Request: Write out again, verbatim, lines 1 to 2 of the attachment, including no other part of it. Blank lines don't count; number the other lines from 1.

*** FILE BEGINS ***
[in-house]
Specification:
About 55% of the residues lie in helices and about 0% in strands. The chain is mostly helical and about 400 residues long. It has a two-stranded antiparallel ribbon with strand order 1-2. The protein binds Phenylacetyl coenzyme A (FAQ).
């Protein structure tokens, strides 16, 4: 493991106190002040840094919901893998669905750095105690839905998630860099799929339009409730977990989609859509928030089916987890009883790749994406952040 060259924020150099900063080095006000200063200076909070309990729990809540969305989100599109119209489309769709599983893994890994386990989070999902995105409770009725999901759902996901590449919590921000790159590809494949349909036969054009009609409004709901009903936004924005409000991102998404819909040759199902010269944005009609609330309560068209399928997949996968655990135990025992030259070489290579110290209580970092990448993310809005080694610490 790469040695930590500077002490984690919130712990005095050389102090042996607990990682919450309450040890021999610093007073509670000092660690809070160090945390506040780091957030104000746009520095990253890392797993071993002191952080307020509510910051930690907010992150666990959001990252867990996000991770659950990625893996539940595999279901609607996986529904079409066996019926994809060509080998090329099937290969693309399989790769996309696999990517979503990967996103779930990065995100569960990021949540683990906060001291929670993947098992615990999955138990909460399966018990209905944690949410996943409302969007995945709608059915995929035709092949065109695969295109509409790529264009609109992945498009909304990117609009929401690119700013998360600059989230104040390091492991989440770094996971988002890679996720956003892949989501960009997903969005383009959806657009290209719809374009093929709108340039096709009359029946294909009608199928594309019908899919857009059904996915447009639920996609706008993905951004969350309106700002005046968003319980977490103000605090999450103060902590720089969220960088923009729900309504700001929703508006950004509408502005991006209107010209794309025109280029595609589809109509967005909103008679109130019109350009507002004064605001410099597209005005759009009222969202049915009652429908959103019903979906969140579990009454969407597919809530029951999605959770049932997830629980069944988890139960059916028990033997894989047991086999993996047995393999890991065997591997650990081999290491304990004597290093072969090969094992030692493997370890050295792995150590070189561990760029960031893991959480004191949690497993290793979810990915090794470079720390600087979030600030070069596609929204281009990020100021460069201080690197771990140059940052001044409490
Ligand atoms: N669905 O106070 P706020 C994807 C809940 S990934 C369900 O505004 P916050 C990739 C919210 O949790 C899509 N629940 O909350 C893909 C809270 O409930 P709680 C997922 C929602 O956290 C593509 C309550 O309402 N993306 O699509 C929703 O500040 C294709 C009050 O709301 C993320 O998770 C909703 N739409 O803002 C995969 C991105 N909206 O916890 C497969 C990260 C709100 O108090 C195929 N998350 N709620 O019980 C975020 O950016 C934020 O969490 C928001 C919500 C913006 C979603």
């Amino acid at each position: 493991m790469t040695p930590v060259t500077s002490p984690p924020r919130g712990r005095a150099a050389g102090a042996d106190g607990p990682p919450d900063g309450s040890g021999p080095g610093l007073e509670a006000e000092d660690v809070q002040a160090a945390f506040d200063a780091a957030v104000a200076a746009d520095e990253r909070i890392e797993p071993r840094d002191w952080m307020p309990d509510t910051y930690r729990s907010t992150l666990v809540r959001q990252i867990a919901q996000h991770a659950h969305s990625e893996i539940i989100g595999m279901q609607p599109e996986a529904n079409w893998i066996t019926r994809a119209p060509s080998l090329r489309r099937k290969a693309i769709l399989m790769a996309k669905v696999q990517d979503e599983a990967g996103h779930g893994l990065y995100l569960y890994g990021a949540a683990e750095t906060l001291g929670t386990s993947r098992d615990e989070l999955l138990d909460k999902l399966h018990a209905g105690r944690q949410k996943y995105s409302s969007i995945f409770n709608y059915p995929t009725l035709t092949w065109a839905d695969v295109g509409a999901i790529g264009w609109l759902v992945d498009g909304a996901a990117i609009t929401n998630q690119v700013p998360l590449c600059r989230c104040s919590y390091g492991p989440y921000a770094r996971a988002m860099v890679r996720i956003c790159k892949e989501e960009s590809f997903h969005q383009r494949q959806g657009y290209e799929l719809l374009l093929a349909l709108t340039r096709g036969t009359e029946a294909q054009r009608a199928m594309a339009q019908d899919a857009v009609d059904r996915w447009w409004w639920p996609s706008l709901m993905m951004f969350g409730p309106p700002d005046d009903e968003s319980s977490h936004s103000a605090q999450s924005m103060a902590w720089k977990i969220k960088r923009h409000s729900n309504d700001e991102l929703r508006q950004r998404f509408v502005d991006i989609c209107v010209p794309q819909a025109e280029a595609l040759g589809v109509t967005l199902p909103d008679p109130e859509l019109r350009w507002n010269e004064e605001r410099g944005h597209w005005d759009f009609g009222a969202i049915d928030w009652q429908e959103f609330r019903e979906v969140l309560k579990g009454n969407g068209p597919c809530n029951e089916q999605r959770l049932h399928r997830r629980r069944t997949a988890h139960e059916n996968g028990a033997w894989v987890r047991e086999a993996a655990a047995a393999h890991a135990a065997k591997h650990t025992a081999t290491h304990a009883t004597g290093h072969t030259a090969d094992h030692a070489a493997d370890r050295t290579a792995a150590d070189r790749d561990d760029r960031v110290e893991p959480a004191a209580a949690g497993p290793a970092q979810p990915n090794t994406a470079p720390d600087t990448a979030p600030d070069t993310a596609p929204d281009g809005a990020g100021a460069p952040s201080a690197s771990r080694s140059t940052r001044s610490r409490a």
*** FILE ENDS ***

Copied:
[in-house]
Specification: